Willamette’s beautiful landscape, without the chemicals

Willamette University grounds manager Jim Andersen stands in a mulched bed of hardy, pollinator-attractive perennials (Helen Caswell/Special to Salem Reporter)

Willamette University and its groundskeepers gained national recognition this spring for having nearly eliminated synthetic pesticide use on campus. 

The acknowledgement came from Herbicide Free Campus, a project founded by students at the University of California, Berkeley, which promotes a toxin-free environment by focusing on organic landscape care on U.S. university campuses. 

It took many years and significant planning to transition Willamette’s conventional landscape care to more organic practices, said Jim Andersen, grounds manager at Willamette University. The university was using more than 58 pesticides when he started in 2007, he said. 

“I had just had a son, and I thought the work might be able to be done a different way,” he said. “We were using so many sprays and pesticides on campus, it just seemed the right thing to me.”

The Herbicide Free Campus report shows that transitioning to organic land care can result in water and cost savings. At Willamette, Andersen estimated that the university now saves about $2,000 per year and has reduced landscaping water by 25 to 30%.

Herbicide Free Campus singled out eight institutions for recognition. The others were Harvard University; Cascadia College and University of Washington, Bothell; Seattle University; University of California Berkeley; Reed College of Portland; University of Colorado, Boulder and University of Texas, Austin. 

Back in 2007, the landscape team began with organic herbicides and moved on to controlling weeds by mowing and weed whacking, weeding by hand and mulching. Andersen credited Dean Wentworth, hired at Willamette as the “botanical curator,” with even more strategies to combat unwanted plants. 

“Dean helped make the transition easier,” Andersen said. “He really knew where to plant plants. People don’t notice dandelions if there is another pretty grass in the same area.” While Willamette University lawns appear trim and uniform from a distance, a closer look shows a variety of grasses.

Dean Wentworth, botanical curator at Willamette University for 18 years, said that transitioning away from toxic garden chemicals meant taking a more holistic view of the landscape (Helen Caswell/Special to Salem Reporter)

Wentworth, who retired in 2018, said he also brought in species that would attract the beneficial natural predators of insect pests. “We planted the landscape so that there was always something in bloom for butterflies, hummingbirds and for predators,” he said. “I know that bushtits travel in flocks and forage together. One day I saw them eating aphids off a certain bush, and decided then and there we had to plant that (bush) on campus, to attract these birds to help manage our aphids.”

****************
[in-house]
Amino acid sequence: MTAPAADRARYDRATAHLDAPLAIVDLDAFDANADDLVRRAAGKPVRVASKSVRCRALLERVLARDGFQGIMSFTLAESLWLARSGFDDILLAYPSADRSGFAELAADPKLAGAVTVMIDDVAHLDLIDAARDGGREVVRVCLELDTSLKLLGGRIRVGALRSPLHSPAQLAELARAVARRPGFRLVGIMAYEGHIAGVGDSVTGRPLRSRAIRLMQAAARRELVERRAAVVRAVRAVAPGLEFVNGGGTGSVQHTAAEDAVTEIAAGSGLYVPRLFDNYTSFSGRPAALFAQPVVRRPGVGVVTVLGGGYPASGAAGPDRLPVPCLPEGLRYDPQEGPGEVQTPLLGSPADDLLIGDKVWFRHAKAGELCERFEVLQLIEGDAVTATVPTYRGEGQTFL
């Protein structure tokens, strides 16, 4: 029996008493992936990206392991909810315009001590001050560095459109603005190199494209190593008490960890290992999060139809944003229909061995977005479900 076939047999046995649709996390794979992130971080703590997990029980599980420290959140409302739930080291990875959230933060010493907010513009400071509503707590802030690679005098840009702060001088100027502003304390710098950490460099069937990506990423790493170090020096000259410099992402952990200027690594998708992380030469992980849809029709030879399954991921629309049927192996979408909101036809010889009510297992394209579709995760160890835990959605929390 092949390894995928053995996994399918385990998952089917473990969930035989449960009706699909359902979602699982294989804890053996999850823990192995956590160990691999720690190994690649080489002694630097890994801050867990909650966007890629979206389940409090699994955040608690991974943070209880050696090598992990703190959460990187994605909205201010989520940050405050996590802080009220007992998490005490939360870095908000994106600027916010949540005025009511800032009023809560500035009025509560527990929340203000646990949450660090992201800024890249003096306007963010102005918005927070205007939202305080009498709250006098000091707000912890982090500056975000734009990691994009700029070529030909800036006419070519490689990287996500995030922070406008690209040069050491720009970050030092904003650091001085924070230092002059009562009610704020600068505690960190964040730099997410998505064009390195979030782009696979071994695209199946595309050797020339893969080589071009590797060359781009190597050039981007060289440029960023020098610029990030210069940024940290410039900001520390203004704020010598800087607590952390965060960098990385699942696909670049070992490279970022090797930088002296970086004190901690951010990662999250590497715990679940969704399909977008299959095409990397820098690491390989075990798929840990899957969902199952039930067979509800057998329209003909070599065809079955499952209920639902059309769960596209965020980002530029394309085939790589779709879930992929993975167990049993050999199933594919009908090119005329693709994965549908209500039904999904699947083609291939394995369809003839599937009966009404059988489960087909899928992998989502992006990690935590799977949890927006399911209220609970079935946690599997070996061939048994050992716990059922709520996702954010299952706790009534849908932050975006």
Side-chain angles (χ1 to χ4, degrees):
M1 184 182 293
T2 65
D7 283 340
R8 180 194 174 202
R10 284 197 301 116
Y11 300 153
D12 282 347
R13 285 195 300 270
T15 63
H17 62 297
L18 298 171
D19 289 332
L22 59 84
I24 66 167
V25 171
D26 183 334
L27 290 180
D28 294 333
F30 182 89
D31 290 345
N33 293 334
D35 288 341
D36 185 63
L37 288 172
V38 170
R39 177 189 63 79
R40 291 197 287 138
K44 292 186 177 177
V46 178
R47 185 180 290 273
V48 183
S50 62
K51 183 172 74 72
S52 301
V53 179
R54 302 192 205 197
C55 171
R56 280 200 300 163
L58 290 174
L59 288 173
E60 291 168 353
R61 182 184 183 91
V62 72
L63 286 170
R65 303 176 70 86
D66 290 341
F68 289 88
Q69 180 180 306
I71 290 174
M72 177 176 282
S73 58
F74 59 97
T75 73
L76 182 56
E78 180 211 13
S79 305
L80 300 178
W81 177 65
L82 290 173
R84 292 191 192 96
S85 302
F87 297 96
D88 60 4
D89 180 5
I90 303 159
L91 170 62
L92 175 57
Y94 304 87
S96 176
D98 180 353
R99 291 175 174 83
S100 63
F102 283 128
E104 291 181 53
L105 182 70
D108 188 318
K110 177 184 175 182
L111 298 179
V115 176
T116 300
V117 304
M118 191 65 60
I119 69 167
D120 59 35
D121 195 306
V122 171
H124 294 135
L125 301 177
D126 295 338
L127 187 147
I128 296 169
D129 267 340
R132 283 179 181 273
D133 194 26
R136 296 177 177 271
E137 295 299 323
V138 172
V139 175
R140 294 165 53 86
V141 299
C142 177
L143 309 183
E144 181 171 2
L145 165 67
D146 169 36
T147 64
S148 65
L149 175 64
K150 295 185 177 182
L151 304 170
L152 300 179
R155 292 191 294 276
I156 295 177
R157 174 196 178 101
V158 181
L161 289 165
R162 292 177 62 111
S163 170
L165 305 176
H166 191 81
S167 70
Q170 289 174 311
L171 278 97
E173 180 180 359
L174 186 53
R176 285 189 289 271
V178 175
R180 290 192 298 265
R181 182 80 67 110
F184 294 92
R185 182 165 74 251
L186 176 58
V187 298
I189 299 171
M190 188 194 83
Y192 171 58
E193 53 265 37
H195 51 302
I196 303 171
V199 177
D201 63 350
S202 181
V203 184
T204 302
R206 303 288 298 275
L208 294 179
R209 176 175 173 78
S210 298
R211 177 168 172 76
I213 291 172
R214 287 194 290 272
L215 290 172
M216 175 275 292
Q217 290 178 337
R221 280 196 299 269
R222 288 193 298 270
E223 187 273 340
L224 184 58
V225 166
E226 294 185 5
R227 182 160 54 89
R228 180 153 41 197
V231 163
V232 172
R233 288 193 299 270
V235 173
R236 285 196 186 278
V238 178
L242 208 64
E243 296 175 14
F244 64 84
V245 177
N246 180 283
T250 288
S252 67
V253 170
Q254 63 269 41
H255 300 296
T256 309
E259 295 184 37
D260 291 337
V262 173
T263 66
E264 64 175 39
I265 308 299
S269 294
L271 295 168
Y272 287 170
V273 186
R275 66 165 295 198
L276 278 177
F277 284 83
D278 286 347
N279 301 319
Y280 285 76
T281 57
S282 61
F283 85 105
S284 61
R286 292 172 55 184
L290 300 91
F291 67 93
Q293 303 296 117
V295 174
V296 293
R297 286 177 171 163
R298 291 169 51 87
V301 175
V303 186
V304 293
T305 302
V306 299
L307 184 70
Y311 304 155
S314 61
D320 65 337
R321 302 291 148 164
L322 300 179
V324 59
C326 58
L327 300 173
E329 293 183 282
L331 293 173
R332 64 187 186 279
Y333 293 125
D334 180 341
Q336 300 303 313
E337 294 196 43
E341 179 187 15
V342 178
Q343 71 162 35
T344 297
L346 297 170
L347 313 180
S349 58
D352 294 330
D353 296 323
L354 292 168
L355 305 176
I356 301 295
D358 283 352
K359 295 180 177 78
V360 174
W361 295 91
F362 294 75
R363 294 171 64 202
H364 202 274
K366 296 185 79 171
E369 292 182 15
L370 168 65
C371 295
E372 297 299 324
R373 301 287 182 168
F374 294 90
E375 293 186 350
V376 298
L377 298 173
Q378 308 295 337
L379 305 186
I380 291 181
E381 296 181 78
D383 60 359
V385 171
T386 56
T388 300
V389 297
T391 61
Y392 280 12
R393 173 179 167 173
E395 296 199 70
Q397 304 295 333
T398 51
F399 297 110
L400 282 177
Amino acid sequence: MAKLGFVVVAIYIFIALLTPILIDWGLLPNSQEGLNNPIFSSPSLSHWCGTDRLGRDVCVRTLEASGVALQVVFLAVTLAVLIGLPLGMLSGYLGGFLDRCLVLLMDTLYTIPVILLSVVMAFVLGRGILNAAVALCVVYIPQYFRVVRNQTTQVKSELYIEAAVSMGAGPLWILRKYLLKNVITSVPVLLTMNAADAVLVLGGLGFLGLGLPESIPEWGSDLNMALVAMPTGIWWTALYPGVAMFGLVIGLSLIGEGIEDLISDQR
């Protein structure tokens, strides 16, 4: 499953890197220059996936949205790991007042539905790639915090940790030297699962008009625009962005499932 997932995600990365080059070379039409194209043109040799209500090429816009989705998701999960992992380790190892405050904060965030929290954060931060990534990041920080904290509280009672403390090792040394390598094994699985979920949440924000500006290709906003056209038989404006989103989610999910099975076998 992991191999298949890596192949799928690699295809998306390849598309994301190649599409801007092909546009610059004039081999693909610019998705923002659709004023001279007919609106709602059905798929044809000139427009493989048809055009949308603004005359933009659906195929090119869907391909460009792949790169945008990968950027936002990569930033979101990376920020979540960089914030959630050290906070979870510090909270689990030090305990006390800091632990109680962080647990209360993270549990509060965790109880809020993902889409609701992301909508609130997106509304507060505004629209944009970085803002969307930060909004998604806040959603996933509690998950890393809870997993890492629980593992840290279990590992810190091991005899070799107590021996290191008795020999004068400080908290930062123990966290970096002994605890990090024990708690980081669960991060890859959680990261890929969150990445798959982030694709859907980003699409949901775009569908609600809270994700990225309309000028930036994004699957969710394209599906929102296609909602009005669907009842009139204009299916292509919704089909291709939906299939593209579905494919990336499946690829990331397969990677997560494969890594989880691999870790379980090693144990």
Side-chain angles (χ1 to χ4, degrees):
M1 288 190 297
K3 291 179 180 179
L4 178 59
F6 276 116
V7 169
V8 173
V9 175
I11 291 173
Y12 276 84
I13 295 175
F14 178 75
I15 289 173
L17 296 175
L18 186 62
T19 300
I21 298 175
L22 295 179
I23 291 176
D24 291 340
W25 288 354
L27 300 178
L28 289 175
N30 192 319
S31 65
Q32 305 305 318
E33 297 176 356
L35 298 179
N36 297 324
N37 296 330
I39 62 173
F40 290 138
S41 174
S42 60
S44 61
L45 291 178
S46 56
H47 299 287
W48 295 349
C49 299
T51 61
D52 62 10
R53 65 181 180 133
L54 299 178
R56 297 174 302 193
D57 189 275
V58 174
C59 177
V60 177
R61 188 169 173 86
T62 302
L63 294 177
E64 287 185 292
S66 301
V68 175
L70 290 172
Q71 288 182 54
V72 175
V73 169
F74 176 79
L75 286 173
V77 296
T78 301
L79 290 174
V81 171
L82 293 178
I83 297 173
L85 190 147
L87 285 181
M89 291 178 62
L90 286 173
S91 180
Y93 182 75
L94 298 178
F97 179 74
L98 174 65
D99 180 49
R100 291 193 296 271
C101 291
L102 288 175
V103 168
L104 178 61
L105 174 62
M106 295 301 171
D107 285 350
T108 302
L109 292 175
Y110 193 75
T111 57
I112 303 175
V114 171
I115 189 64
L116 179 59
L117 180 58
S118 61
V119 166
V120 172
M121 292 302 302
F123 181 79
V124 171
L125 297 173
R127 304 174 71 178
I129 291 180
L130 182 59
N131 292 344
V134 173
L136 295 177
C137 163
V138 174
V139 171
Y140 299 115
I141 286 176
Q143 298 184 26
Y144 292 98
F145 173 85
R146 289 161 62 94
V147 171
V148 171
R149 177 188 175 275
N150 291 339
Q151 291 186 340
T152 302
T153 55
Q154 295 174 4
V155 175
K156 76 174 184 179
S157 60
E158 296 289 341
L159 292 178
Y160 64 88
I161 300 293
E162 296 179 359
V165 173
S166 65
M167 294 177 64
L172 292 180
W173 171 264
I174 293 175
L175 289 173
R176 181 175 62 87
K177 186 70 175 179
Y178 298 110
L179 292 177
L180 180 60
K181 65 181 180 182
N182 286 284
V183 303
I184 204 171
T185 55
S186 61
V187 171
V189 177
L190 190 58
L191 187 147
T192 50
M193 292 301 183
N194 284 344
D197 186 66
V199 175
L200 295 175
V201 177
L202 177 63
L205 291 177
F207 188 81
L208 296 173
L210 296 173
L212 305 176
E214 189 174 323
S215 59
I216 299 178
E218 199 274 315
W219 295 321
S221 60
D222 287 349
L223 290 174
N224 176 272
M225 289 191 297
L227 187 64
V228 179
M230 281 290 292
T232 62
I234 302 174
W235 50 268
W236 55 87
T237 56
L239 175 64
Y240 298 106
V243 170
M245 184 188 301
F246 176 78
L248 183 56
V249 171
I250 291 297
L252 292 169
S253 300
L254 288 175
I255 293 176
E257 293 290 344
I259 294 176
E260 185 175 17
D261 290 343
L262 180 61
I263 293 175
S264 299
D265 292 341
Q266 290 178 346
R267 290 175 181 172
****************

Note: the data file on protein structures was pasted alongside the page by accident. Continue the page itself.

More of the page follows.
This kind of practice doesn’t work as well when toxic pesticides are used on a landscape, Wentworth said. “If you get in the cycle of spraying pesticides, you get addicted to it because when you spray, you are also getting rid of the birds and wildlife that can help you. So because you are killing your helpers, it turns out you just have to spray over and over again,” he said.

Wentworth even employed geese and campus ducks to help him manage slugs on the property. “I don’t personally go out and kill anything,” he said, “but when I’d go out on my rounds, I’d collect slugs as I went.” The ducks, seeing this, would follow until he tossed them the slugs. 

“We had it worked out,” he remembered, smiling.

Judicial planting and thoughtful maintenance practices mean that fewer toxic chemicals need to be used on the lawns and flower beds at Willamette University (Helen Caswell/Special to Salem Reporter)

Wentworth has never used herbicides or pesticides in any of his personal gardens. “Overall the predators keep everything under control, but really, our job is to stand back and not interfere” he said. 

He described a forest service night camera showing a deer leaning close to the ground so a possum could pick off the ticks from its face. “There are so many relationships like that out there that we don’t even have a clue about,” he said. “If we just pay attention, we can use all that.”

The only non-organic herbicide still in use on the Willamette campus is Roundup, applied sparingly in an industrial part of the campus. Andersen appreciates that Willamette allowed him and his team to transition away from the multiple toxics he started out with. “I’m just glad they thought it was acceptable,” he said. 

The recognition from Herbicide Free Campus was gratifying, Andersen said, especially since “we’ve only heard that everything looks better now. These practices we’ve been developing seem to have taken on, and at this point, they seem to be the only way to move forward,” he said. “And, that makes me happy.”

Jim Andersen, Willamette University grounds manager, points to the downward sloping funnel shape of torch lily petals, a design uniquely suited for beneficial hummingbirds (Helen Caswell/Special to Salem Reporter)

Writer Helen Caswell can be reached at [email protected].

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